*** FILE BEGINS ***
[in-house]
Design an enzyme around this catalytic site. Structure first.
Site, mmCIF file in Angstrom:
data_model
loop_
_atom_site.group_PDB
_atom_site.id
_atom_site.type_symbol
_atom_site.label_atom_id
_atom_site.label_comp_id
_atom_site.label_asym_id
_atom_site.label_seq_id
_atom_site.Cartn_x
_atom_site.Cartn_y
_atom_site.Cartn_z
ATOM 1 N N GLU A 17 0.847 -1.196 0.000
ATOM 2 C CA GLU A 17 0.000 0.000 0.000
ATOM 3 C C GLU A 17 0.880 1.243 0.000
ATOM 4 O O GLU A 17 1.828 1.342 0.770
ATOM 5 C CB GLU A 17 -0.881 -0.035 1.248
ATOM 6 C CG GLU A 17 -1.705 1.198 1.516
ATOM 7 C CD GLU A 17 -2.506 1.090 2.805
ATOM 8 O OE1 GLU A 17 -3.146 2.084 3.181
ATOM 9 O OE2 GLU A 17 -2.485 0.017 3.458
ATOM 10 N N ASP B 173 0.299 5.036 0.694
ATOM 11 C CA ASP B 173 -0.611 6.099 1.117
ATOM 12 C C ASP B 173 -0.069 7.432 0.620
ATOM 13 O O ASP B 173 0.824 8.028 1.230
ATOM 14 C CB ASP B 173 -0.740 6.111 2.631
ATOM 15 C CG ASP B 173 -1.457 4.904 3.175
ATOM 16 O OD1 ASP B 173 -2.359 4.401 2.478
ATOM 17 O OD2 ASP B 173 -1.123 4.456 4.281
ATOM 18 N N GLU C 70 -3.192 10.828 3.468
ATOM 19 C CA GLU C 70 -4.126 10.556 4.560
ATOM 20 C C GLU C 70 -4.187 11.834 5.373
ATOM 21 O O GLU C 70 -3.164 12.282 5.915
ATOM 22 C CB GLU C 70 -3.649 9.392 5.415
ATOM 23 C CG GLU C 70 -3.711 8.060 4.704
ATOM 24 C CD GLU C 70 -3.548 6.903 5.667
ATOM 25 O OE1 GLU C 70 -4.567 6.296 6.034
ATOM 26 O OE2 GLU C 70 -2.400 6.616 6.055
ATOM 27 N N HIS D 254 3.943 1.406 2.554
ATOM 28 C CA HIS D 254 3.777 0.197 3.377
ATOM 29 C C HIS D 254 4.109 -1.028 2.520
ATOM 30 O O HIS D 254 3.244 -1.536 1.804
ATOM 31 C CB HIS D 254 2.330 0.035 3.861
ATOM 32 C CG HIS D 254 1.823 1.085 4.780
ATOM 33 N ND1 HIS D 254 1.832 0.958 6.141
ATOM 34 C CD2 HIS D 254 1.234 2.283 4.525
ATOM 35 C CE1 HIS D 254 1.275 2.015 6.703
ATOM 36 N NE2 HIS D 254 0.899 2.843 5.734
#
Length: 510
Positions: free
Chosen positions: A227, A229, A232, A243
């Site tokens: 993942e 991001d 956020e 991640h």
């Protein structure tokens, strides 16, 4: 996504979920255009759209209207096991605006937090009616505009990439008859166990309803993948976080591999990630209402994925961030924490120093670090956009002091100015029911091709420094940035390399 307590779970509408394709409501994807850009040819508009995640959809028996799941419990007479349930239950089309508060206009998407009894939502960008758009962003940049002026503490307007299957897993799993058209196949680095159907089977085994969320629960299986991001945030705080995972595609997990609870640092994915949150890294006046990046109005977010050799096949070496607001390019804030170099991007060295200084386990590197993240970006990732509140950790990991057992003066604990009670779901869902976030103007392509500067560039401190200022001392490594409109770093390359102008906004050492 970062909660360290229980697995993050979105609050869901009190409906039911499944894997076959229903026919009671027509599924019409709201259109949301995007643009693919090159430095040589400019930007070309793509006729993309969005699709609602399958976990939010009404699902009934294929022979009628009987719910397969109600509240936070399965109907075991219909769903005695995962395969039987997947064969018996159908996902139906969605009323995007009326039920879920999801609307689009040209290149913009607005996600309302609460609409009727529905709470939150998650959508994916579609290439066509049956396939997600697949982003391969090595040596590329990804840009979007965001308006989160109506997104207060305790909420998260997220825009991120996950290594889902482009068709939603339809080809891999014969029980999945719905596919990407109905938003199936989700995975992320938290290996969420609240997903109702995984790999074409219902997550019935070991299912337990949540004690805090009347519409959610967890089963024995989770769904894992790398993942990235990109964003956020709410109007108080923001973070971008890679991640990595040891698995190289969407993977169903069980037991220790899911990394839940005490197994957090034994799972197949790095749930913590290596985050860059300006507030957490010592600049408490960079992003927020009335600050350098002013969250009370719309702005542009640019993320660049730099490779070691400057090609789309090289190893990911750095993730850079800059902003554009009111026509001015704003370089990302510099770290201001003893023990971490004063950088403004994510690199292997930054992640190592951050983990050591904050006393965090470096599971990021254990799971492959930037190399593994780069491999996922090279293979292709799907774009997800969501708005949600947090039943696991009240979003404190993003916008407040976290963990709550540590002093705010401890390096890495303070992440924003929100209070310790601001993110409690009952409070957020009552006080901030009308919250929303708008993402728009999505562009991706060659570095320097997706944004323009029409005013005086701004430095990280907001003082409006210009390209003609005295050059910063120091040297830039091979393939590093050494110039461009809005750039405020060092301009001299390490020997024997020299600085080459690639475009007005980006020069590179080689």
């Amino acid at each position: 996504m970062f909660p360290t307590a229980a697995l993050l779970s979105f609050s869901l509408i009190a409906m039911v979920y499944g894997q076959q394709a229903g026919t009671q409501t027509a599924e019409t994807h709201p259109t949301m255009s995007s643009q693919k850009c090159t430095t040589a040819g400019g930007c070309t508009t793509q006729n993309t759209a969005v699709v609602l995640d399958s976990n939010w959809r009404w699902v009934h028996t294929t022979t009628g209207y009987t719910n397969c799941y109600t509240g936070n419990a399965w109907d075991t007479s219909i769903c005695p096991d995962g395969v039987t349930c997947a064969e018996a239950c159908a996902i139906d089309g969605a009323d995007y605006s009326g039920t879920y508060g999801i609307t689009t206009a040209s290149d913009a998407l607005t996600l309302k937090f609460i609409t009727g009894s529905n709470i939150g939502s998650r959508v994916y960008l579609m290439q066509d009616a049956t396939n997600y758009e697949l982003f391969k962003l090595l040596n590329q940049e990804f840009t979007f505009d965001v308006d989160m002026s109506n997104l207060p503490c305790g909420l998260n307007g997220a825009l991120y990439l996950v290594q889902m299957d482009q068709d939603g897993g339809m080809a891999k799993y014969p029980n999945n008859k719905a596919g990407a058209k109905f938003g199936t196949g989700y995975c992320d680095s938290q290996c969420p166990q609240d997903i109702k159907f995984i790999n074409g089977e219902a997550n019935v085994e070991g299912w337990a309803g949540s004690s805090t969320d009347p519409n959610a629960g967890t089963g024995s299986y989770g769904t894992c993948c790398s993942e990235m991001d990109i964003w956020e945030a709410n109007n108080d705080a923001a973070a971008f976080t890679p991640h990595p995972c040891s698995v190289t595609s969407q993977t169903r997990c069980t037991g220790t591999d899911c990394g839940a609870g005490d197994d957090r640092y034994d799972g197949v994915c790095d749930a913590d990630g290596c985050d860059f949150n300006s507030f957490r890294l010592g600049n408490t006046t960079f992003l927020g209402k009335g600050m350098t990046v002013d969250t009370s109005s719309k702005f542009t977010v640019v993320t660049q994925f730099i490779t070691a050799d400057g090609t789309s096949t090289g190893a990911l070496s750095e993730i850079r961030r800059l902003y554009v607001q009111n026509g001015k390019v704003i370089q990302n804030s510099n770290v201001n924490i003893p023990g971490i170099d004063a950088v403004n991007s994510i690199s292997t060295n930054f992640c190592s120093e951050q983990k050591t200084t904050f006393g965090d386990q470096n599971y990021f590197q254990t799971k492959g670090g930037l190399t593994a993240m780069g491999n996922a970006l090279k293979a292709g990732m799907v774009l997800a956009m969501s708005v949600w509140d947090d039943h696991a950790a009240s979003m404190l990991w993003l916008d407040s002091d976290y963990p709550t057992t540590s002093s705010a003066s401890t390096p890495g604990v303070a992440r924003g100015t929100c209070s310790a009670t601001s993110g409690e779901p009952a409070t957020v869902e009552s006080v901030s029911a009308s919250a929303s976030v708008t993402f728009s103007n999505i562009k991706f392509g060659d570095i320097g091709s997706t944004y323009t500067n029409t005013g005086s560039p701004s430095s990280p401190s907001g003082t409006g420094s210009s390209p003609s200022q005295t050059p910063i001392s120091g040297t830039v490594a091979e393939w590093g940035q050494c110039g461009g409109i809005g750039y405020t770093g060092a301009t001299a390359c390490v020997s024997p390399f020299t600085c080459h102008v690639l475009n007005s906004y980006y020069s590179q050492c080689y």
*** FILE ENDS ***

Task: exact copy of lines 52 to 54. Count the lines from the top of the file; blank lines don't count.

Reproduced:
#
Length: 510
Positions: free